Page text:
Today, we’re also in a moment of existential angst or doom. The pandemic has really shaken us and challenged the way we interact socially, who we trust, where we get information. Do you trust your public health officer? Do we go marching in the streets? Should I wear a mask? In a deeper future, historians may see this as a moment of really questioning our faith in science, and I think something similar was happening in the 1950s. The specter of science was on display and public trust was on trial. The symmetry here is quite interesting, since psychedelics are bubbling up again; they’re both cultural moments where there’s a search for something else. I do think that 50 years from now, we'll look back and it will be obvious that there was a gravitational pull toward something that represented a coming together.
This interview has been edited and condensed for clarity and length.
The anxieties of the age shape the mindsets of people and groups, and given how sensitive a person on psychedelics is to having their internal journey branch in ways that are non-deterministic over the course of a trip, it should not be surprising to see a wide variation of expression.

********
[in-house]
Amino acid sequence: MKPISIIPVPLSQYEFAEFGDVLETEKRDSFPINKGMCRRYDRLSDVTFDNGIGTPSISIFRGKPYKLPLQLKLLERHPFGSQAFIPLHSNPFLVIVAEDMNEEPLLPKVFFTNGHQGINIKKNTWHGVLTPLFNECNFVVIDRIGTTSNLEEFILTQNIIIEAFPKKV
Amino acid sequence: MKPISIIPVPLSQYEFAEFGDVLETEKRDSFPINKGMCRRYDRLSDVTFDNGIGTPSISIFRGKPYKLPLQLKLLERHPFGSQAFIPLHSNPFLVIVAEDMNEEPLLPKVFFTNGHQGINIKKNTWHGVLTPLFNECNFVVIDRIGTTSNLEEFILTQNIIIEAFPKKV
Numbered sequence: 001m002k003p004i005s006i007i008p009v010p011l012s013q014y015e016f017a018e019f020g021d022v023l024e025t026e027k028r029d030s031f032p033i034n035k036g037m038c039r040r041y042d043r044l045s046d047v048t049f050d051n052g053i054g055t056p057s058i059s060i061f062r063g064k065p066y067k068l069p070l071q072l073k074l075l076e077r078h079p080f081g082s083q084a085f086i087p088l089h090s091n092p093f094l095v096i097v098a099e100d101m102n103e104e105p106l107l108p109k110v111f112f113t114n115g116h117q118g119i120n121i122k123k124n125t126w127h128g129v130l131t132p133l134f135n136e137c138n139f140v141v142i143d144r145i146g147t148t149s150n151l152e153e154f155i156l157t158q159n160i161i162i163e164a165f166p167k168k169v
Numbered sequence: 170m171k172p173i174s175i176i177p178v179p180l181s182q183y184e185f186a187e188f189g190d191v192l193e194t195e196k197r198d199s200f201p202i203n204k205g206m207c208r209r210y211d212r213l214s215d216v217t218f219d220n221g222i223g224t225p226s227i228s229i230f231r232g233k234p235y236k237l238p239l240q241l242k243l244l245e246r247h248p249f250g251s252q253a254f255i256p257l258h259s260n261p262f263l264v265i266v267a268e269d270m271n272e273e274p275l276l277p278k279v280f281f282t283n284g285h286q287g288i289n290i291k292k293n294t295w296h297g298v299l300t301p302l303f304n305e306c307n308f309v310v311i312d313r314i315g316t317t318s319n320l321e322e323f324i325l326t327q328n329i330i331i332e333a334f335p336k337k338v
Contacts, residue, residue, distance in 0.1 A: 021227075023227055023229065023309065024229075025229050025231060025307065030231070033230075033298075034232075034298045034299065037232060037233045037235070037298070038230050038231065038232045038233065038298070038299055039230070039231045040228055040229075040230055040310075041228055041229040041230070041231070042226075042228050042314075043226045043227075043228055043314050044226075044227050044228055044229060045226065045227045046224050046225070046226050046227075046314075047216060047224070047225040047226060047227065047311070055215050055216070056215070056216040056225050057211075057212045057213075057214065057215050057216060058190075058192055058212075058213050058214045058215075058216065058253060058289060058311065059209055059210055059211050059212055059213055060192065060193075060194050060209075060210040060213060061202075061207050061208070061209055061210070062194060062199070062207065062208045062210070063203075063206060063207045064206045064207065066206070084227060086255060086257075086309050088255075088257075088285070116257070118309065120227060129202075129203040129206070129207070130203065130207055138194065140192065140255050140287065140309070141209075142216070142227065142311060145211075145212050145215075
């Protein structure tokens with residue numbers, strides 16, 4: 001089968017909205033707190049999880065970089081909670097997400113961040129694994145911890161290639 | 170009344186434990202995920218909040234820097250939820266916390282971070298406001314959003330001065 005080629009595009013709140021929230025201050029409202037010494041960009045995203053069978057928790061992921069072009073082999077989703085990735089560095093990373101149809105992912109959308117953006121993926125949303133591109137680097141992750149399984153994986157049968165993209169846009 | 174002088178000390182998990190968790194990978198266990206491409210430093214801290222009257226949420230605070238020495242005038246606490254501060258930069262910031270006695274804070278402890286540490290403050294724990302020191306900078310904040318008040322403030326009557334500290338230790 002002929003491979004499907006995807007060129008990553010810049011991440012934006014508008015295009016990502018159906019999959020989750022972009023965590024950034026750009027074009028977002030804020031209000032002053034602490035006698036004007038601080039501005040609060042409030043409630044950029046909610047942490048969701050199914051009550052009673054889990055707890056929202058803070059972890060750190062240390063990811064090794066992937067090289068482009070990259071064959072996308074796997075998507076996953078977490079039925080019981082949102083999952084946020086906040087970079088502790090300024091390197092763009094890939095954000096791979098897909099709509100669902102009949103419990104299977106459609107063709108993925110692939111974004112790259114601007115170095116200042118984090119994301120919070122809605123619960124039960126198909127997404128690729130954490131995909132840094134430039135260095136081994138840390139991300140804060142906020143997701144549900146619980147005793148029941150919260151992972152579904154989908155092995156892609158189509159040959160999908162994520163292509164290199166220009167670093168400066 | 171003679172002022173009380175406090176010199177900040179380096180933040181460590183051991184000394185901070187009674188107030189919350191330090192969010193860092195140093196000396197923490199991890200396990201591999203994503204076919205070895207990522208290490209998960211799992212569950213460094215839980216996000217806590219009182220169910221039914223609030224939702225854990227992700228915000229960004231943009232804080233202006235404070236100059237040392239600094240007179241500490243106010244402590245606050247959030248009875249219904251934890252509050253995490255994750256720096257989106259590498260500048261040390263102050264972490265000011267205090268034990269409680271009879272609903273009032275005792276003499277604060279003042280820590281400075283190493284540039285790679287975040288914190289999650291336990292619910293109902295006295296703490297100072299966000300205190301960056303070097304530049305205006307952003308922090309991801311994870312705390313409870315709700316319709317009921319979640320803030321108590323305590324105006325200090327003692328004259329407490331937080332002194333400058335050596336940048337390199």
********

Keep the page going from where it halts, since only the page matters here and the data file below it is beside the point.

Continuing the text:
One sees the Cold War influence on science fiction and I hardly think that is a special case.
Today we have the pandemic, the war in Ukraine and the climate crisis all rolled in with economic uncertainty and political instability. People are probably running on cortisol, and throw in all the disinformation and it is bizarre in a way that I haven’t seen in my 63 years.
We truly need effective psychedelic therapy to help people perform a “brain reset” because society will become a chaotic mass of echo-chambered conspiracy theory spouting sticks of human TNT.
Governments need to legalize and regulate these drugs, and make them available for psychotherapeutic and ritual use. They do allow a significant reset of many dysfunctionalities of mind and society.
I think it would have been worthwhile to ask Dr. Dyck why she believes that Salvador Roquet "purposefully subjecting his patients to abuse" left "some patients [...] better off" 🚩 Indeed, Roquet was a torturer for the Dirección Federal de Seguridad wherein he (according to one source) "cured people of their subversive and antisocial behavior. The former revolutionaries were now committed to working for the betterment of Mexico [...] Having cured some of the most recalcitrant radicals, Roquet was anything but a threat to the established order"